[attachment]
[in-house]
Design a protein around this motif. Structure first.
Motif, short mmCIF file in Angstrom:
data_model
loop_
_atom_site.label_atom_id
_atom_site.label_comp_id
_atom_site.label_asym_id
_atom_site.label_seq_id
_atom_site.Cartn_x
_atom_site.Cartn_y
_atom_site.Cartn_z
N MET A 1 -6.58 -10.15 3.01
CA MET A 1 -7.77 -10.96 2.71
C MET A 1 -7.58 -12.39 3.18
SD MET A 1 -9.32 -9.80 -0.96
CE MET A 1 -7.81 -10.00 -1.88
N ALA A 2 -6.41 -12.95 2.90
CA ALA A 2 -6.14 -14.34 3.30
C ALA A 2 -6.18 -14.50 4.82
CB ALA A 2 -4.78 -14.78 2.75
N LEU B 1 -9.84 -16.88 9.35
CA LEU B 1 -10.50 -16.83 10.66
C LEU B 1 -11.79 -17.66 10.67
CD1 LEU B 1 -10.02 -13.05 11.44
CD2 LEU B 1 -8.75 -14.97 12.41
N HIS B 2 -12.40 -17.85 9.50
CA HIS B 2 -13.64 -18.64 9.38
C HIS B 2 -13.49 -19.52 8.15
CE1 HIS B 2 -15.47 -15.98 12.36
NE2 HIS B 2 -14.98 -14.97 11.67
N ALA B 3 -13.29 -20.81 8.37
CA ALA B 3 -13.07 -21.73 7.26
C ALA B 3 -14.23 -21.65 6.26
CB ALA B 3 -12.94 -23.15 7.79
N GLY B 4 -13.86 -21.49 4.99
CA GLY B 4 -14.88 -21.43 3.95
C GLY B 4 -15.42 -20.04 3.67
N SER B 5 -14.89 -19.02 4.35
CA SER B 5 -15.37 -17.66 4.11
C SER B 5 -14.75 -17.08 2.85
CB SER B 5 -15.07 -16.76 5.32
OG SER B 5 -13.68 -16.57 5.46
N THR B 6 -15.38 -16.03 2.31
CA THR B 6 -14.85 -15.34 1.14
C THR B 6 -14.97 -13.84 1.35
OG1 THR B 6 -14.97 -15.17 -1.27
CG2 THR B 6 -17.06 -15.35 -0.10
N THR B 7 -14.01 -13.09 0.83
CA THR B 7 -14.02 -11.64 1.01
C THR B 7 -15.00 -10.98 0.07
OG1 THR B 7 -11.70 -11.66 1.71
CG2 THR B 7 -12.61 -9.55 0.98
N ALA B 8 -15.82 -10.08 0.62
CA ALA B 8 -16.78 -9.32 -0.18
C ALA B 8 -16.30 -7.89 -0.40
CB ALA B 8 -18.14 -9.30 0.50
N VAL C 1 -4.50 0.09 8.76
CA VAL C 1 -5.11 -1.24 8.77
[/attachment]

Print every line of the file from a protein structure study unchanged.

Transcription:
[in-house]
Design a protein around this motif. Structure first.
Motif, short mmCIF file in Angstrom:
data_model
loop_
_atom_site.label_atom_id
_atom_site.label_comp_id
_atom_site.label_asym_id
_atom_site.label_seq_id
_atom_site.Cartn_x
_atom_site.Cartn_y
_atom_site.Cartn_z
N MET A 1 -6.58 -10.15 3.01
CA MET A 1 -7.77 -10.96 2.71
C MET A 1 -7.58 -12.39 3.18
SD MET A 1 -9.32 -9.80 -0.96
CE MET A 1 -7.81 -10.00 -1.88
N ALA A 2 -6.41 -12.95 2.90
CA ALA A 2 -6.14 -14.34 3.30
C ALA A 2 -6.18 -14.50 4.82
CB ALA A 2 -4.78 -14.78 2.75
N LEU B 1 -9.84 -16.88 9.35
CA LEU B 1 -10.50 -16.83 10.66
C LEU B 1 -11.79 -17.66 10.67
CD1 LEU B 1 -10.02 -13.05 11.44
CD2 LEU B 1 -8.75 -14.97 12.41
N HIS B 2 -12.40 -17.85 9.50
CA HIS B 2 -13.64 -18.64 9.38
C HIS B 2 -13.49 -19.52 8.15
CE1 HIS B 2 -15.47 -15.98 12.36
NE2 HIS B 2 -14.98 -14.97 11.67
N ALA B 3 -13.29 -20.81 8.37
CA ALA B 3 -13.07 -21.73 7.26
C ALA B 3 -14.23 -21.65 6.26
CB ALA B 3 -12.94 -23.15 7.79
N GLY B 4 -13.86 -21.49 4.99
CA GLY B 4 -14.88 -21.43 3.95
C GLY B 4 -15.42 -20.04 3.67
N SER B 5 -14.89 -19.02 4.35
CA SER B 5 -15.37 -17.66 4.11
C SER B 5 -14.75 -17.08 2.85
CB SER B 5 -15.07 -16.76 5.32
OG SER B 5 -13.68 -16.57 5.46
N THR B 6 -15.38 -16.03 2.31
CA THR B 6 -14.85 -15.34 1.14
C THR B 6 -14.97 -13.84 1.35
OG1 THR B 6 -14.97 -15.17 -1.27
CG2 THR B 6 -17.06 -15.35 -0.10
N THR B 7 -14.01 -13.09 0.83
CA THR B 7 -14.02 -11.64 1.01
C THR B 7 -15.00 -10.98 0.07
OG1 THR B 7 -11.70 -11.66 1.71
CG2 THR B 7 -12.61 -9.55 0.98
N ALA B 8 -15.82 -10.08 0.62
CA ALA B 8 -16.78 -9.32 -0.18
C ALA B 8 -16.30 -7.89 -0.40
CB ALA B 8 -18.14 -9.30 0.50
N VAL C 1 -4.50 0.09 8.76
CA VAL C 1 -5.11 -1.24 8.77